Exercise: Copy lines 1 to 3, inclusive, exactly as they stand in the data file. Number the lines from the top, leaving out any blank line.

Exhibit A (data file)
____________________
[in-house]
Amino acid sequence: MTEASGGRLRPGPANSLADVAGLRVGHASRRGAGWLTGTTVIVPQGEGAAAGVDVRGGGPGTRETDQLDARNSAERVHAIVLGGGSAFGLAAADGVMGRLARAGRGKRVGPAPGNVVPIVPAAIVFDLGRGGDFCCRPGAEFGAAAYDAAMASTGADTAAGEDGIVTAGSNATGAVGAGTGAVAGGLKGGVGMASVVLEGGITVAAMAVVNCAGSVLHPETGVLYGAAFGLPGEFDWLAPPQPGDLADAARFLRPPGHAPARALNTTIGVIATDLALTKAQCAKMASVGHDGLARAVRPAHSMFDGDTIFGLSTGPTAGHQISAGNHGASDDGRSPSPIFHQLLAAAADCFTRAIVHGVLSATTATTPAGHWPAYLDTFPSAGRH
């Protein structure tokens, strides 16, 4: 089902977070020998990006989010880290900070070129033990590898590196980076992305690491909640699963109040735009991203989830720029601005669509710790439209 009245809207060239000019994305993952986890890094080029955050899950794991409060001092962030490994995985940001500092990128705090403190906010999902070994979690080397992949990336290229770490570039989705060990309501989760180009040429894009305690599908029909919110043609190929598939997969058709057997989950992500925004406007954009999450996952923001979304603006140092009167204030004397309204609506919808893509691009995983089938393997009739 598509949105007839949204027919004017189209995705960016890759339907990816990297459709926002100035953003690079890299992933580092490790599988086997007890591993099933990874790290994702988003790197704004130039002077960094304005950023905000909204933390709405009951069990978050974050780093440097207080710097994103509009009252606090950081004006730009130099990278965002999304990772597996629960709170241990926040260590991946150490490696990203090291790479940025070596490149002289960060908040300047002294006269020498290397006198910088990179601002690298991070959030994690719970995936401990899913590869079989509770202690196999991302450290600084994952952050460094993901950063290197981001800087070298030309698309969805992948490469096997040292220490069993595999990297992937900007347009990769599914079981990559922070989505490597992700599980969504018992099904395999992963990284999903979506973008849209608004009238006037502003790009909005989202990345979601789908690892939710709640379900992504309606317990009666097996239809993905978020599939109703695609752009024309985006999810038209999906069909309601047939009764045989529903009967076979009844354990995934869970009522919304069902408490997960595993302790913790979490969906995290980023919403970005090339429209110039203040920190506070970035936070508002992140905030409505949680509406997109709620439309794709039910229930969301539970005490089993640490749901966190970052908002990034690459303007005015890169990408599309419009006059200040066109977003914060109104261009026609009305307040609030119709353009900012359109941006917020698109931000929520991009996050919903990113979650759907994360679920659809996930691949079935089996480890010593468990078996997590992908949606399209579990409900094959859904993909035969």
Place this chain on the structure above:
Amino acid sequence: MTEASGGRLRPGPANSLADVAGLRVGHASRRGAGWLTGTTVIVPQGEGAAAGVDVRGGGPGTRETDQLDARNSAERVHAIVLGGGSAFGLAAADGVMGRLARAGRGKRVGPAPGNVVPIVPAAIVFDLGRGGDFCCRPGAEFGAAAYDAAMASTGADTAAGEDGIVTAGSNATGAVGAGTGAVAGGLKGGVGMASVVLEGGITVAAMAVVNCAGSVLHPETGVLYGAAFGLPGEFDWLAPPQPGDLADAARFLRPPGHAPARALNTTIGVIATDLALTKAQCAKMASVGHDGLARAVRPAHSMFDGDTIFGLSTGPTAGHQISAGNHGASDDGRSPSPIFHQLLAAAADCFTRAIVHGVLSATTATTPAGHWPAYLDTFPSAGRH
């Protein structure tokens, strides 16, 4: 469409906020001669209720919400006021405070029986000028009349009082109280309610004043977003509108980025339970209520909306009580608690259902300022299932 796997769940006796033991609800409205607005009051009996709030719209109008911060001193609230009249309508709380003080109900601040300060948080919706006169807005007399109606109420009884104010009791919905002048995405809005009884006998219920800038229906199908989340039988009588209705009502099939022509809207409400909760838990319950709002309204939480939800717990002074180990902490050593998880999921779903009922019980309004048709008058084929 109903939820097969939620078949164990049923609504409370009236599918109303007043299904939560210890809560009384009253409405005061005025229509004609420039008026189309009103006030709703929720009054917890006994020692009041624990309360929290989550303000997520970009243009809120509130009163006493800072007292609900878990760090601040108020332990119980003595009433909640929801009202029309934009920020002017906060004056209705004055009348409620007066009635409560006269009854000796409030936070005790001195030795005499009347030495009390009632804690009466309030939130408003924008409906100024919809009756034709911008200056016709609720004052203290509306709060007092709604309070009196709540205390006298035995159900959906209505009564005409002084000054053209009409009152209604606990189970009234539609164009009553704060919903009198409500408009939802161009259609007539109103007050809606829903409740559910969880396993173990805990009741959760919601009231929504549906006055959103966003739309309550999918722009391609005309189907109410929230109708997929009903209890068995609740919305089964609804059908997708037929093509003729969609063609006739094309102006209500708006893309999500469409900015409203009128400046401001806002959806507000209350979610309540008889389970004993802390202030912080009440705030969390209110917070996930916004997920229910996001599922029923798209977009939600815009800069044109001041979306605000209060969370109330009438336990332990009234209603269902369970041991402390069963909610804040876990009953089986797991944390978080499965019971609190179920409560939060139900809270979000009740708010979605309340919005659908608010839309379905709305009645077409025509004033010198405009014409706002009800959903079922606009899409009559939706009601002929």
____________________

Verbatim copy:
[in-house]
Amino acid sequence: MTEASGGRLRPGPANSLADVAGLRVGHASRRGAGWLTGTTVIVPQGEGAAAGVDVRGGGPGTRETDQLDARNSAERVHAIVLGGGSAFGLAAADGVMGRLARAGRGKRVGPAPGNVVPIVPAAIVFDLGRGGDFCCRPGAEFGAAAYDAAMASTGADTAAGEDGIVTAGSNATGAVGAGTGAVAGGLKGGVGMASVVLEGGITVAAMAVVNCAGSVLHPETGVLYGAAFGLPGEFDWLAPPQPGDLADAARFLRPPGHAPARALNTTIGVIATDLALTKAQCAKMASVGHDGLARAVRPAHSMFDGDTIFGLSTGPTAGHQISAGNHGASDDGRSPSPIFHQLLAAAADCFTRAIVHGVLSATTATTPAGHWPAYLDTFPSAGRH
């Protein structure tokens, strides 16, 4: 089902977070020998990006989010880290900070070129033990590898590196980076992305690491909640699963109040735009991203989830720029601005669509710790439209 009245809207060239000019994305993952986890890094080029955050899950794991409060001092962030490994995985940001500092990128705090403190906010999902070994979690080397992949990336290229770490570039989705060990309501989760180009040429894009305690599908029909919110043609190929598939997969058709057997989950992500925004406007954009999450996952923001979304603006140092009167204030004397309204609506919808893509691009995983089938393997009739 598509949105007839949204027919004017189209995705960016890759339907990816990297459709926002100035953003690079890299992933580092490790599988086997007890591993099933990874790290994702988003790197704004130039002077960094304005950023905000909204933390709405009951069990978050974050780093440097207080710097994103509009009252606090950081004006730009130099990278965002999304990772597996629960709170241990926040260590991946150490490696990203090291790479940025070596490149002289960060908040300047002294006269020498290397006198910088990179601002690298991070959030994690719970995936401990899913590869079989509770202690196999991302450290600084994952952050460094993901950063290197981001800087070298030309698309969805992948490469096997040292220490069993595999990297992937900007347009990769599914079981990559922070989505490597992700599980969504018992099904395999992963990284999903979506973008849209608004009238006037502003790009909005989202990345979601789908690892939710709640379900992504309606317990009666097996239809993905978020599939109703695609752009024309985006999810038209999906069909309601047939009764045989529903009967076979009844354990995934869970009522919304069902408490997960595993302790913790979490969906995290980023919403970005090339429209110039203040920190506070970035936070508002992140905030409505949680509406997109709620439309794709039910229930969301539970005490089993640490749901966190970052908002990034690459303007005015890169990408599309419009006059200040066109977003914060109104261009026609009305307040609030119709353009900012359109941006917020698109931000929520991009996050919903990113979650759907994360679920659809996930691949079935089996480890010593468990078996997590992908949606399209579990409900094959859904993909035969």